Thunderstorms capable of producing flooding rain, damaging wind and frequent lightning strikes into Tuesday night will target a zone in the Northeast and South, home to more than 70 million people.
Drenching, gusty and locally severe storms will reach from Maine to Florida.
Some of the metro areas in the Northeast, from Washington, D.C., to New York City and Boston, will be hit by drenching or gusty storms for the second evening in a row.
The storms will affect heavily populated areas of the south including around Charleston, South Carolina; Charlotte and Raleigh, North Carolina; Jacksonville, Florida; Richmond, Virginia, and Savannah, Georgia.
The storms have the potential to cause major disruptions to outdoor activities and travel.
As the storms roll through the major metro area airports, the risk of wind shear can be significant enough to aircraft to result in a ground stop. The most likely time for airline delays will be during the afternoon and evening hours as storms reach peak intensity.
Delays at Newark Airport, New Jersey, mounted to four hours Monday evening as storms rolled through. Weather-related delays extended from Washington Dulles and Reagan National airports to Baltimore, Philadelphia, Newark and New York's LaGuardia and JFK airports on Tuesday.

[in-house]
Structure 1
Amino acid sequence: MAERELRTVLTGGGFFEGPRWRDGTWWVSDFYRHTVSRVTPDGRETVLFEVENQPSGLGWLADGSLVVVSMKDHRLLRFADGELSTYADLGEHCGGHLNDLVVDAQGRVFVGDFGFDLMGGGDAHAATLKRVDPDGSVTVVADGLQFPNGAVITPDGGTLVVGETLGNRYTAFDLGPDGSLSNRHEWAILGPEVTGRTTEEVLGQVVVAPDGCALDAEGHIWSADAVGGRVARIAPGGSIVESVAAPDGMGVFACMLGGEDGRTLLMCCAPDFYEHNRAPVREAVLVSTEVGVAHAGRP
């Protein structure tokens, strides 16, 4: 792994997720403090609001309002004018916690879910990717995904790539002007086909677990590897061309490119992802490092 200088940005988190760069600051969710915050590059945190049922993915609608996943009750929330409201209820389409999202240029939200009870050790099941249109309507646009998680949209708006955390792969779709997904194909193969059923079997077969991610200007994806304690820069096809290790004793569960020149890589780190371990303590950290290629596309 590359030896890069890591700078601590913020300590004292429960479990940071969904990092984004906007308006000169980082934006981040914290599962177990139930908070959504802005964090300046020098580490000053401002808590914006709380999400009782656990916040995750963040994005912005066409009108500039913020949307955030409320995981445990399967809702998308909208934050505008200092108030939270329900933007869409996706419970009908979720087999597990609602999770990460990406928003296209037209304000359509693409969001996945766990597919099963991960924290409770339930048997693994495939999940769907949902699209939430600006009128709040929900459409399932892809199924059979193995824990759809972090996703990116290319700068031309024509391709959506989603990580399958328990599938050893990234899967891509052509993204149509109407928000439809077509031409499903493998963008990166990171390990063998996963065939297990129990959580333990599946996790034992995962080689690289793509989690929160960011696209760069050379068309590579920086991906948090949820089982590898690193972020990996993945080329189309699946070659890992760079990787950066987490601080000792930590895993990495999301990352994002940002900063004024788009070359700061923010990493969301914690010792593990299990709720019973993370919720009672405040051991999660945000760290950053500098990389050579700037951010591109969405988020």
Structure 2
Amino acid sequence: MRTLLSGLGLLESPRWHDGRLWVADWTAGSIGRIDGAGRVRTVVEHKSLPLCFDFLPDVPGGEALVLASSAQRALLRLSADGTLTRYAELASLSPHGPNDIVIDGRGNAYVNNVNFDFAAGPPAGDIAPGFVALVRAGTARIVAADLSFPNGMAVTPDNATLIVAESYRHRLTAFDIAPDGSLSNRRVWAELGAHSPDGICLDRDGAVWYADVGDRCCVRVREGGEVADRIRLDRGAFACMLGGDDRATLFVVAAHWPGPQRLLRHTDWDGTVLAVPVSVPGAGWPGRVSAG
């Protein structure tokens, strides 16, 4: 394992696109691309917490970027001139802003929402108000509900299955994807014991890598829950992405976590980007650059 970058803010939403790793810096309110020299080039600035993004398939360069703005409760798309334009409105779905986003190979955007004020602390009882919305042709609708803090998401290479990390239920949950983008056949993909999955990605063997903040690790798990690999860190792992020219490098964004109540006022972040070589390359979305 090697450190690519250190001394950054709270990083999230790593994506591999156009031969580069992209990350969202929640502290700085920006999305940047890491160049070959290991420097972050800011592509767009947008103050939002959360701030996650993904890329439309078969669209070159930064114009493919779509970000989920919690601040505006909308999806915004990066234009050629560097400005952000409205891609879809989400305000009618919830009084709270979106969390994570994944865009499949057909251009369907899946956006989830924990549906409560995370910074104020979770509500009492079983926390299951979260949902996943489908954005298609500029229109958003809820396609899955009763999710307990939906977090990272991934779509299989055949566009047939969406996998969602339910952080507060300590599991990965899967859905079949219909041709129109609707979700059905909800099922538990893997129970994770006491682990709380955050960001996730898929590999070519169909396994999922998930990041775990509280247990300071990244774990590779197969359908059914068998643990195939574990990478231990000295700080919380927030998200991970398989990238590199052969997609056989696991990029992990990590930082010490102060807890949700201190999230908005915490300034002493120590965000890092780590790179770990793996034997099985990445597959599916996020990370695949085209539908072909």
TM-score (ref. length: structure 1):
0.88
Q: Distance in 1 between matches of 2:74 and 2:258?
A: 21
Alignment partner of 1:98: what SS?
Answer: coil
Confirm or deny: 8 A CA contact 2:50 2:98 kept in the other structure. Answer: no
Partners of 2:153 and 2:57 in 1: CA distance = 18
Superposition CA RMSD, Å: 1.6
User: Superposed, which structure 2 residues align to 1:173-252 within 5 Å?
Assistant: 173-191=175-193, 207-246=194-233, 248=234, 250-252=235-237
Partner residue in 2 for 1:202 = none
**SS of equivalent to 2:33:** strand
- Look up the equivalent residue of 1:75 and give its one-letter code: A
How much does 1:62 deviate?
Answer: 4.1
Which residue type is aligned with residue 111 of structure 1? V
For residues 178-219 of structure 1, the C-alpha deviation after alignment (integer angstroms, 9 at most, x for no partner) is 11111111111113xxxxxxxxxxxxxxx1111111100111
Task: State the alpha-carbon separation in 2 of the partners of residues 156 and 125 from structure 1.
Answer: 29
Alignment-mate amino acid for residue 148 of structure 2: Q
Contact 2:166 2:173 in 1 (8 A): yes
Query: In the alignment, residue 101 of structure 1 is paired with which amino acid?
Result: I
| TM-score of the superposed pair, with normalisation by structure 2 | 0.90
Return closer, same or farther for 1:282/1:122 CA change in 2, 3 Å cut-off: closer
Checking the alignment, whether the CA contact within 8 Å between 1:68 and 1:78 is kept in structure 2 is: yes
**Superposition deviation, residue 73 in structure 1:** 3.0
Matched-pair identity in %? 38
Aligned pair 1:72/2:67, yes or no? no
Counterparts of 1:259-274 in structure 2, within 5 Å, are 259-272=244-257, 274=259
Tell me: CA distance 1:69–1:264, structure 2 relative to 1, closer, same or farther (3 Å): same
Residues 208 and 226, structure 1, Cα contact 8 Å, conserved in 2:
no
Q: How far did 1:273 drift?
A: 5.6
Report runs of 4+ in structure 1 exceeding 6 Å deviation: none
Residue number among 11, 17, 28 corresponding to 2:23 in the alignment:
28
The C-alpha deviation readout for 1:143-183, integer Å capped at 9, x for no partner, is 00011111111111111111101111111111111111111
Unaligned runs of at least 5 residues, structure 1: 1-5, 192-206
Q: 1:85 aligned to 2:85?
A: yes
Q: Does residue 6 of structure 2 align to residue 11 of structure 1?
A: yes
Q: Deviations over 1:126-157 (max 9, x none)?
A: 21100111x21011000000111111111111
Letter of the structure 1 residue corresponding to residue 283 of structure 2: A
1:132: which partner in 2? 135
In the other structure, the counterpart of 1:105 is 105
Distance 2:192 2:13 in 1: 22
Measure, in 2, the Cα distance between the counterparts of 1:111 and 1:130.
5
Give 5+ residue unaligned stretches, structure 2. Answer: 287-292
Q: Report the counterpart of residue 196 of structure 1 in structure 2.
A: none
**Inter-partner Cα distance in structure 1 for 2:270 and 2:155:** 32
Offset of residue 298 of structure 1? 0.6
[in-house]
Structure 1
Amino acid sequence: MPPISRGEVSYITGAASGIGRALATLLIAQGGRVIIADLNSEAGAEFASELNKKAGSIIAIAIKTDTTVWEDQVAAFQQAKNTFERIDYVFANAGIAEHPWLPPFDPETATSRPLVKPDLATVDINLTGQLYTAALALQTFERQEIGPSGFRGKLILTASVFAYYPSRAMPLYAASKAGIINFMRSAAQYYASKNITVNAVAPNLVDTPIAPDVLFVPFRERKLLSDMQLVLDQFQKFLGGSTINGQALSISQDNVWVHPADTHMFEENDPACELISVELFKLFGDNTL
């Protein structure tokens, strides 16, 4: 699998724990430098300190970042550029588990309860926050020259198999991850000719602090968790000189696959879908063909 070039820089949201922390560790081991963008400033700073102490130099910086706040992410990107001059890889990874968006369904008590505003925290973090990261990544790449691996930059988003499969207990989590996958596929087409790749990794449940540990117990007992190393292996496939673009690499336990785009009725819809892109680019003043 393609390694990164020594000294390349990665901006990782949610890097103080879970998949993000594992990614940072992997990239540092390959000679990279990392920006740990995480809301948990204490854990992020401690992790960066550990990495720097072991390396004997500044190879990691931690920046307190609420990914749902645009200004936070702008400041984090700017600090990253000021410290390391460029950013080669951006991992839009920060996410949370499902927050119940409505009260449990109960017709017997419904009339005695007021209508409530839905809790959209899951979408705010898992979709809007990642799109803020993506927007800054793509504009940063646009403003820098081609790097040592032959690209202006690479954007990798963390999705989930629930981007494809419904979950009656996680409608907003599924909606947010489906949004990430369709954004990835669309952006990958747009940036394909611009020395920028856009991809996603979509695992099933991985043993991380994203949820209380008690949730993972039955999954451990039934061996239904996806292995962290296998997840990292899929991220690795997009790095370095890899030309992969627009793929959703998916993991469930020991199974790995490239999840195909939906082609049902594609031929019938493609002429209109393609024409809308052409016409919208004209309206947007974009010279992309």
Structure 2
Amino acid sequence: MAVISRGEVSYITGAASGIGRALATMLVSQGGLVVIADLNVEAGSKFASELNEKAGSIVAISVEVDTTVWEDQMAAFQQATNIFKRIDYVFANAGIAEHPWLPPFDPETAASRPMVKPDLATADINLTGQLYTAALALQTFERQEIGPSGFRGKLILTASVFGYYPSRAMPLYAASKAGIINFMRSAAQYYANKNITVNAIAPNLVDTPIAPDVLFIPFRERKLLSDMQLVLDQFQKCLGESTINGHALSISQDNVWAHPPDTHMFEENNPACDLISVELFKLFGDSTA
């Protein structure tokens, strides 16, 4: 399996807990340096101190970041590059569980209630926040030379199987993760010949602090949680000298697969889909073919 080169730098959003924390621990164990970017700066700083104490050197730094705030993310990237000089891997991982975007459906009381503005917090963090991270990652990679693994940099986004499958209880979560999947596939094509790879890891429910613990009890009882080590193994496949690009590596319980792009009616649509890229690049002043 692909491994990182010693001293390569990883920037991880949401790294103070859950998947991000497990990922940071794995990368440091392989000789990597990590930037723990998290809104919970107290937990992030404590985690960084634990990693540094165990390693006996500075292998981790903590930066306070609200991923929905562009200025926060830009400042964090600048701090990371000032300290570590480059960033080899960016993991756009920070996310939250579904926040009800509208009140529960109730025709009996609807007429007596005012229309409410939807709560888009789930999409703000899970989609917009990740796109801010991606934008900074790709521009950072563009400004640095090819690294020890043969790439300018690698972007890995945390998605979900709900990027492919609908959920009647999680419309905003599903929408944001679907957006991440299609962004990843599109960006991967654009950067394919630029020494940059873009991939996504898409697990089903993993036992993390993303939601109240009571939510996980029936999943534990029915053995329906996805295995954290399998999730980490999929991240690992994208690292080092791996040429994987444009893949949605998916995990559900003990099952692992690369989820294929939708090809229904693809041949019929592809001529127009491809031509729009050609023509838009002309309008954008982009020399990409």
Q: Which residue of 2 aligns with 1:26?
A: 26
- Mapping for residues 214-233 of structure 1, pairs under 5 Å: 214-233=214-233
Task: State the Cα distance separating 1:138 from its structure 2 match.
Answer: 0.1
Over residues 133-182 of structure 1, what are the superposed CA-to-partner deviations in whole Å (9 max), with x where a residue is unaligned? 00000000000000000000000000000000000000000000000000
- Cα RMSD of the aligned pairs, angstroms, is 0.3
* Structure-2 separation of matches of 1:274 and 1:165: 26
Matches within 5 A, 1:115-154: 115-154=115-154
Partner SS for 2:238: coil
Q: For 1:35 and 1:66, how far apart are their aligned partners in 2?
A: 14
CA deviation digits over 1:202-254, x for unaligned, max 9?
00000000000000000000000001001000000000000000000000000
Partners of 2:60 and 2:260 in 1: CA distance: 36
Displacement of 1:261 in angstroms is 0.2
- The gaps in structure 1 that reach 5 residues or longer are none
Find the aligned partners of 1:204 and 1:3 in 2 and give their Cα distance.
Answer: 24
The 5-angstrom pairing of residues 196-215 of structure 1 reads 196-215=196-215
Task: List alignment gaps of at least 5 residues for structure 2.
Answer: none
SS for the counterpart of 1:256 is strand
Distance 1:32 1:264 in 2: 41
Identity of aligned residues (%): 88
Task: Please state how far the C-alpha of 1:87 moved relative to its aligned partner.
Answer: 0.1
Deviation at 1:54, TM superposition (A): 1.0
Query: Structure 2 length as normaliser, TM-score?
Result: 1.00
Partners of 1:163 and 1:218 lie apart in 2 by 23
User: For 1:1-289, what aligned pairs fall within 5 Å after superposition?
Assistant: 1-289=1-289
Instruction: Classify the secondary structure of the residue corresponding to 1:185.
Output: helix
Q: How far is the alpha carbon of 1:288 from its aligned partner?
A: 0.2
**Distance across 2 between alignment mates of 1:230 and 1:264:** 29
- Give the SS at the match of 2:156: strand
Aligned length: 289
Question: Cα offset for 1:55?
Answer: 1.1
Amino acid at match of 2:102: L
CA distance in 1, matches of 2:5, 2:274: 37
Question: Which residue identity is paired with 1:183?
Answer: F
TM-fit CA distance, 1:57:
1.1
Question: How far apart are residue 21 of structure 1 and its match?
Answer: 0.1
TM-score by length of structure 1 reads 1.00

Wind gusts with a few individual storms can be strong enough to knock down trees, damage roofs and cause power outages.
Enough rain could fall to cause flooding of basements and small streams on a regional basis.
The storms will bring wind-swept downpours that will pose hazards for those traveling on the roads. At the height of the storms, water can flow across flood-prone stretches of roadways and settle in poor drainage areas. Visibility can suddenly drop to unsafe levels for driving at highway speeds.
As the storms develop and rapidly approach locations, they can produce lightning strikes with little notice. If you can hear thunder, you are at risk for being struck by lightning. Seek shelter immediately as storms approach.
A small number of the storms can also bring damaging hail to a few communities, while a small fraction of the strongest storms can also produce a short-lived tornado.
During Wednesday, the risk of locally drenching and strong thunderstorms will continue at the beaches from New England to the mid-Atlantic and South. Heavy storms are also forecast for much of the Florida Peninsula.
As the storms continue along the Atlantic Seaboard and over parts of the South into the middle of the week, a push of unseasonably cool and less humid air will expand over the Midwest and into the Appalachians.
A modified version of this air will spill into the South and along the Atlantic Seaboard during the middle to latter part of the week.
The risk of flooding downpours and gusty thunderstorms will increase across southern Florida as a tropical disturbance shifts northwestward from Cuba this weekend.
Stargazers will want to dig out their binoculars and telescopes this weekend as Venus and Jupiter shine so close that they appear as one large, bright star in the evening sky.
Typhoon Lionrock is poised to make landfall in Japan early in the new week with heavy rainfall, damaging winds and an inundating storm surge.
Hawaii is facing not one, but two tropical threats next week as Madeline and Lester churn westward.
Slow-moving and repetitive downpours will raise the risk for flash flooding along the western Gulf Coast into early next week.
Hot and dry weather will greet fans and competitors at the 2016 U.S. Open Tennis Championships in Flushing, New York, as play begins Monday, Aug. 29.